“How’d you get so many scars?” – Michelle Crosby
“ . . . I made a lot of mistakes.” – Travis Clevenger
Travis “Clev” Clevenger is a murderer on loan to the FBI for his talent to track down and arrest superhuman criminals; the kind that don’t run around in tights with a bunch of henchmen and plot world domination, but the sort that use their abilities to commit far more ordinary crimes: theft, rape, and murder.
I dug the Bloodhound: Brass Knuckle Psychology trade, but this first issue of Crowbar Medicine is phenomenal and surpassed my already high expectations for the series. Writer Dan Jolley departs from the tried and true Bloodhound formula to deliver a touching and thought-provoking tale that doubles as political commentary.
That’s right, Crowbar Medicine tackles a hot-button issue in the United States: gun control. How well are weapons regulated? How easy are they to obtain? Are you genuinely safer if everyone’s packing heat? Okay, now what if instead of guns we were talking about superstrength or telekinesis? This is a bold move and, to Jolley’s credit, he presents both sides of the argument well, even if the main characters and the plot are clearly leaning towards a side.
When Crowbar Medicine isn’t tackling Star Trek levels of societal commentary, it’s still hard at work developing our heroes. Clev is trying to find his place as a part of the Crosby household and connect with the people he loves. It’s obvious that being a “family man” isn’t in Clev’s wheelhouse, which provides not only plenty of opportunities for comedy, but also heartfelt and heartbreaking moments like the quote up top. The sight of the 6’5” barrel-chested and scarred Clev and the doe-eyed child Michelle are priceless together, both touching and tragic. That’s something truly special about Clev’s interpersonal relationships, they’re not simple. As a reader I’m still not sure I want to root for Clev to get the family package, not when he’s also the one responsible for killing the dad Michelle and Rachel never got to grow up with.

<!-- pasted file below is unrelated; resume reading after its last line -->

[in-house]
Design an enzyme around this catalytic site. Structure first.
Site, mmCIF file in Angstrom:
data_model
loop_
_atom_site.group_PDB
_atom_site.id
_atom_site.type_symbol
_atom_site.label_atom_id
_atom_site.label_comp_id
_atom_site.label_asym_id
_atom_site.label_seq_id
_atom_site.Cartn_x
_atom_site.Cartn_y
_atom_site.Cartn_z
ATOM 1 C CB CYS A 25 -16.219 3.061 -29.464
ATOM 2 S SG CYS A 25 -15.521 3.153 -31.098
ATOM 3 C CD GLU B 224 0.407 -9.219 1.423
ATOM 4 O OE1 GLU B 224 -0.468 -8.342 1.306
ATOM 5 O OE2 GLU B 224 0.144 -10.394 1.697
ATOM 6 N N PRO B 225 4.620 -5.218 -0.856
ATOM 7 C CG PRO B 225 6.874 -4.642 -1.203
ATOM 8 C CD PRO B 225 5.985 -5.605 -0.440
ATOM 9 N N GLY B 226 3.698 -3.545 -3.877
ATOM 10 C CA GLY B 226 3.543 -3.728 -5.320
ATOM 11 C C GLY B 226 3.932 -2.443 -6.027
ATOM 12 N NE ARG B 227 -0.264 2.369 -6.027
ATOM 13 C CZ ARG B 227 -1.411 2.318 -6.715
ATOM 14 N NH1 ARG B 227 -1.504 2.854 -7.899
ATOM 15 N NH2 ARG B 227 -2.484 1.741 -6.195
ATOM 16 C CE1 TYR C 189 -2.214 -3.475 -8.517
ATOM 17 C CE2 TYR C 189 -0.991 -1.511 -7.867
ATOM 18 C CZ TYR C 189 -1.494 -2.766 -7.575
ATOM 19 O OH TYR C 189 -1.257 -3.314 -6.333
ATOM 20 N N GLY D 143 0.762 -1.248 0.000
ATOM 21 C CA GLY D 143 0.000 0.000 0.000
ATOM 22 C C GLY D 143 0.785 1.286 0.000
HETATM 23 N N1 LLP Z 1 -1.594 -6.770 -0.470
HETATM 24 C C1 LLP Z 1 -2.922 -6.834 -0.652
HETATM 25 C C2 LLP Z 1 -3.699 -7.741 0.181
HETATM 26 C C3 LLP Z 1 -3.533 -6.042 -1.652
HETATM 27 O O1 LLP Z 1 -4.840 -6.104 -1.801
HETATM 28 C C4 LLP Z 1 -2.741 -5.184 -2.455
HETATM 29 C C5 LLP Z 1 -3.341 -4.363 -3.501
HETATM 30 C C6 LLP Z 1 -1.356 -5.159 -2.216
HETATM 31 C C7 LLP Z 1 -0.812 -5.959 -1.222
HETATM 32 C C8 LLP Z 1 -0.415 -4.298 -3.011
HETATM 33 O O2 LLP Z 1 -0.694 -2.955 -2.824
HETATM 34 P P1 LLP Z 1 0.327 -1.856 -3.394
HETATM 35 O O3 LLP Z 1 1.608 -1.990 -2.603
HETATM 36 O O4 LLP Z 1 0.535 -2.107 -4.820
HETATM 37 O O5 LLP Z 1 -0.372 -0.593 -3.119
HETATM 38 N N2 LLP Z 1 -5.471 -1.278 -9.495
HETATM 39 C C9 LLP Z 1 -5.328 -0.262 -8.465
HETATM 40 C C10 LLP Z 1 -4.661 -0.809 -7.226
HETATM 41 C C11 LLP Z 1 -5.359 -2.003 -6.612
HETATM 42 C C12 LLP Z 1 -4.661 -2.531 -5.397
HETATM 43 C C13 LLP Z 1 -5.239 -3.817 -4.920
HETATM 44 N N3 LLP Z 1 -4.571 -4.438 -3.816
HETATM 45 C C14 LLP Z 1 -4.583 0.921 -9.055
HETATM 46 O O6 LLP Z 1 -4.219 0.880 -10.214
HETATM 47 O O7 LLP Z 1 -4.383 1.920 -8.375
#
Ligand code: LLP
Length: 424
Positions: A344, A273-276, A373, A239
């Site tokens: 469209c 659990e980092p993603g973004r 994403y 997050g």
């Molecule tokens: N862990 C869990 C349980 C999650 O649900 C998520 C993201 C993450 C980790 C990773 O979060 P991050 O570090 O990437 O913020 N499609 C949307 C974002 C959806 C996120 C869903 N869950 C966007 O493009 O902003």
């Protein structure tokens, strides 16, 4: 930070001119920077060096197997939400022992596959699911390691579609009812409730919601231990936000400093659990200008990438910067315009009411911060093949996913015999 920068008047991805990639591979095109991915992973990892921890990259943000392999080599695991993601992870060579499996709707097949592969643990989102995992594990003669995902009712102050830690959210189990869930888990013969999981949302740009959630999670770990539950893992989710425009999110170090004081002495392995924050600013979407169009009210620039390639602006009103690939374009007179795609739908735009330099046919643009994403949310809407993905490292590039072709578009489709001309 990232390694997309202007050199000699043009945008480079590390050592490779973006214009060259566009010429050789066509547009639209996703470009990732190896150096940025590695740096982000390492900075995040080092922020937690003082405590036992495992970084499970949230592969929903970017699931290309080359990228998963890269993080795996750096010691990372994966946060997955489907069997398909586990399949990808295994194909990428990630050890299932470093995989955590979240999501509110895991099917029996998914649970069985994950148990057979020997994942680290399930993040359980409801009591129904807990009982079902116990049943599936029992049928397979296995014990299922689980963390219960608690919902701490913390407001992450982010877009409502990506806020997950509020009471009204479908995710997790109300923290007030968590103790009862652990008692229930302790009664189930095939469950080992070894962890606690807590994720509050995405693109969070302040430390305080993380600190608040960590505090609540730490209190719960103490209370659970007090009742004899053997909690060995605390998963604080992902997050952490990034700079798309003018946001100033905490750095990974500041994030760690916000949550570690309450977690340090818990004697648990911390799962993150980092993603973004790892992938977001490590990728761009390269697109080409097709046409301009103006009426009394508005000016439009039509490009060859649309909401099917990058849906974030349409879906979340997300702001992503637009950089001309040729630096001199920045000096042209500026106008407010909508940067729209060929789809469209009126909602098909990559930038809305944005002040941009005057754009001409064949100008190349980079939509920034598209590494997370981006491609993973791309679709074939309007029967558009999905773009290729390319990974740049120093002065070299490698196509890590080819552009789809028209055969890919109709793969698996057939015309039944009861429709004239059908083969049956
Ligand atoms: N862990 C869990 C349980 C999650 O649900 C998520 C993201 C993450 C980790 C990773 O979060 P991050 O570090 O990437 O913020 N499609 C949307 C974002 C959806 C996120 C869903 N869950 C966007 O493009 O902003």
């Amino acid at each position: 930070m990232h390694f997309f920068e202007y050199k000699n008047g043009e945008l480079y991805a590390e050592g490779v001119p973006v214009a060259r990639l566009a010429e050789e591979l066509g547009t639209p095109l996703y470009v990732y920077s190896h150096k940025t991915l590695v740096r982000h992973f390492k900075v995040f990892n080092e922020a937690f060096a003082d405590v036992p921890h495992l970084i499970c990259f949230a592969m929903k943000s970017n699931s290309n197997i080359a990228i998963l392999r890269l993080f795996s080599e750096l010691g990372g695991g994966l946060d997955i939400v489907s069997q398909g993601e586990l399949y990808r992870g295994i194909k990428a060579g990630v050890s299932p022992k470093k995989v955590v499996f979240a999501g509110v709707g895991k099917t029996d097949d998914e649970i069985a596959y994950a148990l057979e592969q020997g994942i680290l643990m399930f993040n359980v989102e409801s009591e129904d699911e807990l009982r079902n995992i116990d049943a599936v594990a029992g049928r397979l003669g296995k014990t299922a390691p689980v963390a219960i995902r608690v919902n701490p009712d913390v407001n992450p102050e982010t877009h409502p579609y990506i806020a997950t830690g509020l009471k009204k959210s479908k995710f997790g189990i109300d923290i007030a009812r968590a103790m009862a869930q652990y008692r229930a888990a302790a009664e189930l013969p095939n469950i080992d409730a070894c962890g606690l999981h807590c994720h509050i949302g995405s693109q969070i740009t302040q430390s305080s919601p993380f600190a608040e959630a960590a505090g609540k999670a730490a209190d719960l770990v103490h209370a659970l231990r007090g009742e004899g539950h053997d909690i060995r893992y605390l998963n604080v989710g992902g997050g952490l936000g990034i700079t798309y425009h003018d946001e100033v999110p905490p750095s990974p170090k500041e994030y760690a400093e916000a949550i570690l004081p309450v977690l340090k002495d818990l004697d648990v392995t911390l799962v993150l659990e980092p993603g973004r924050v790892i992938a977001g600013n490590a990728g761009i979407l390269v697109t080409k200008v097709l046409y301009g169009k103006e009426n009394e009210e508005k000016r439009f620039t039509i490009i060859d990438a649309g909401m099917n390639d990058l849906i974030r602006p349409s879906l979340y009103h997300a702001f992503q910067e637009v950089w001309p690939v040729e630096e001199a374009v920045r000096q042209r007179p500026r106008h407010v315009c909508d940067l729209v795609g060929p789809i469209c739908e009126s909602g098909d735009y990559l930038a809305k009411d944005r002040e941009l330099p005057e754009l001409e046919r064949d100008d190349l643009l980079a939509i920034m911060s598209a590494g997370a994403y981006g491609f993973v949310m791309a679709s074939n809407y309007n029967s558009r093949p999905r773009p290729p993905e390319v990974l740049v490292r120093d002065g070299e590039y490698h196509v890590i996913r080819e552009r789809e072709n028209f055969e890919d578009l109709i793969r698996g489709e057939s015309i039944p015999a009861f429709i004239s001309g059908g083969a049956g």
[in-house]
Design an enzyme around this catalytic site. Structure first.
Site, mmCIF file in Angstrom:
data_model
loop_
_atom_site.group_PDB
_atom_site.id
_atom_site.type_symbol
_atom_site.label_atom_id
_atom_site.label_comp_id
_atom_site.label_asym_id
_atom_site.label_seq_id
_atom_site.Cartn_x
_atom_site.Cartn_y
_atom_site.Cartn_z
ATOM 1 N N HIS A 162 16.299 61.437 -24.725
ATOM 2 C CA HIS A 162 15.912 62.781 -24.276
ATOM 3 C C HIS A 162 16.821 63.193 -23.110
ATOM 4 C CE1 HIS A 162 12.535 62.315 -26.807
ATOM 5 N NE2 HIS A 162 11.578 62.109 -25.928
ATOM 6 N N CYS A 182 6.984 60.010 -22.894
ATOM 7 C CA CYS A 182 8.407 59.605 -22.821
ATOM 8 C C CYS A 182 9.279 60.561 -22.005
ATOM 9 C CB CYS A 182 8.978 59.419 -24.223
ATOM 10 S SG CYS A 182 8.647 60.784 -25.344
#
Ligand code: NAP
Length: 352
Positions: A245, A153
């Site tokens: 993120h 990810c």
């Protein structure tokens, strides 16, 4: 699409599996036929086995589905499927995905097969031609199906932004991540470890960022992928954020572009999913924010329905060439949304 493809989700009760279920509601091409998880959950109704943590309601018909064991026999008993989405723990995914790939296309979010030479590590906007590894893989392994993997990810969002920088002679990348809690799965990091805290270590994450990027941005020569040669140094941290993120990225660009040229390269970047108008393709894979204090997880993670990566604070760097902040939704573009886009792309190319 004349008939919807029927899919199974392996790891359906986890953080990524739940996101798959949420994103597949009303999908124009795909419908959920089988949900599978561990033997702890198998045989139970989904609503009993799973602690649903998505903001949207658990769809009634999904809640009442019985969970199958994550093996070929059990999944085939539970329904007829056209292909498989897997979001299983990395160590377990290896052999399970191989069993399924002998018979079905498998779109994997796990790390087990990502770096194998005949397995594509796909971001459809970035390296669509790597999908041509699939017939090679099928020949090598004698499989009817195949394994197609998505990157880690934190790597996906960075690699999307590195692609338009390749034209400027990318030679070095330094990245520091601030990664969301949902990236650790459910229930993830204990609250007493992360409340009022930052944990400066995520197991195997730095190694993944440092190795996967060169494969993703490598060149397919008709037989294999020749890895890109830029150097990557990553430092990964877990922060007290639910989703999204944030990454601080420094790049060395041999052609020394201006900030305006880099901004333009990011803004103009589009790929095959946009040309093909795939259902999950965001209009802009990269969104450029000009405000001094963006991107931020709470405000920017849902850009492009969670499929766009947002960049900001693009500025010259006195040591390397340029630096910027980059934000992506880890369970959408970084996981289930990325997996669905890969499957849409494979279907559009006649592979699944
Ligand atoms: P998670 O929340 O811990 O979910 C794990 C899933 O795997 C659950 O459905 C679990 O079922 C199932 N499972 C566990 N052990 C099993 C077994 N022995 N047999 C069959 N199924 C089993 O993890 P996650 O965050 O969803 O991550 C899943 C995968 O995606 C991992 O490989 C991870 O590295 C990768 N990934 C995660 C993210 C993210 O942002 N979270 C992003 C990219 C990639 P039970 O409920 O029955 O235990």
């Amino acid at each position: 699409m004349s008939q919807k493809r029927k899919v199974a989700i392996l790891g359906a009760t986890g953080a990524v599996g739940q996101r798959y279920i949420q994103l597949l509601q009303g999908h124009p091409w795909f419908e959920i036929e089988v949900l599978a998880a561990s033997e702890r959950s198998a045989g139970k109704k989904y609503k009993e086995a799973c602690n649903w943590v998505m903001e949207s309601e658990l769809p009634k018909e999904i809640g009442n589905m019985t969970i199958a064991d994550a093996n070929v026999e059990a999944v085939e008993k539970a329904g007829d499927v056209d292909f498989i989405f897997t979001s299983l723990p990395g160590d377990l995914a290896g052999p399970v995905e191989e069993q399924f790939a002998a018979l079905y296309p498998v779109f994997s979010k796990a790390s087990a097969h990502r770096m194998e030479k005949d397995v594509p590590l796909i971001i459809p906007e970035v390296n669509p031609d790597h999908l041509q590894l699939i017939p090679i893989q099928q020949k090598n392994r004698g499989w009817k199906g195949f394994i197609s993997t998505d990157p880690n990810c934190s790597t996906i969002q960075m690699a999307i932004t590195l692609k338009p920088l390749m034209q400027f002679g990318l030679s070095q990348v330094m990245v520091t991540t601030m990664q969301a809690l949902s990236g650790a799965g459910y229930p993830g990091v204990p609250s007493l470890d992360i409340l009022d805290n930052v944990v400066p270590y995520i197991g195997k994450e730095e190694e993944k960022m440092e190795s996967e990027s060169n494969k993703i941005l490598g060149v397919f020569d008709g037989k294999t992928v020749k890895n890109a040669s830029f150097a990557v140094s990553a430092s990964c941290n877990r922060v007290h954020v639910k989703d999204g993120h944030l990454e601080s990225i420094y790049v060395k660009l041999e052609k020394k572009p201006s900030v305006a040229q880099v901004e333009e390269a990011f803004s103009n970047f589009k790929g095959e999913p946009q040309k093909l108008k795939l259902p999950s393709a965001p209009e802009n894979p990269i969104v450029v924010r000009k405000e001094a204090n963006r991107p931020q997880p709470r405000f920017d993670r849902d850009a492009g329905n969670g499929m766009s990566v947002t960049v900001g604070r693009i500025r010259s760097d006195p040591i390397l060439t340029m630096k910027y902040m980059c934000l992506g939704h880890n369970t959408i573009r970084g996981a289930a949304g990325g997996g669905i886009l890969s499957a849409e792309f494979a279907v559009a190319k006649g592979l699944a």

And, of course, it wouldn’t be Bloodhound without violence, gore, and Clev needing a trip to the emergency room. Crowbar Medicine finds time to sneak in some mayhem among all the character development and thematic elements. Crowbar Medicine is every bit as bloody as Brass Knuckle Psychology, so it’s not for the weak of stomach.
If I have one criticism about Crowbar Medicine #1, it’s that it lacks a proper introduction. While this gives the issue time to cover many other notes, it makes the new series more difficult for new readers, those not already familiar with Bloodhound from previous arcs, to follow along. Even a short summary would have been welcome to explain some elements such as Clev’s history, the reason for the collar, etc. Barring that, this is an incredible start for the return of Bloodhound, and I can’t wait to see where the series will go next.
Five Unregulated Power Chips out of Five!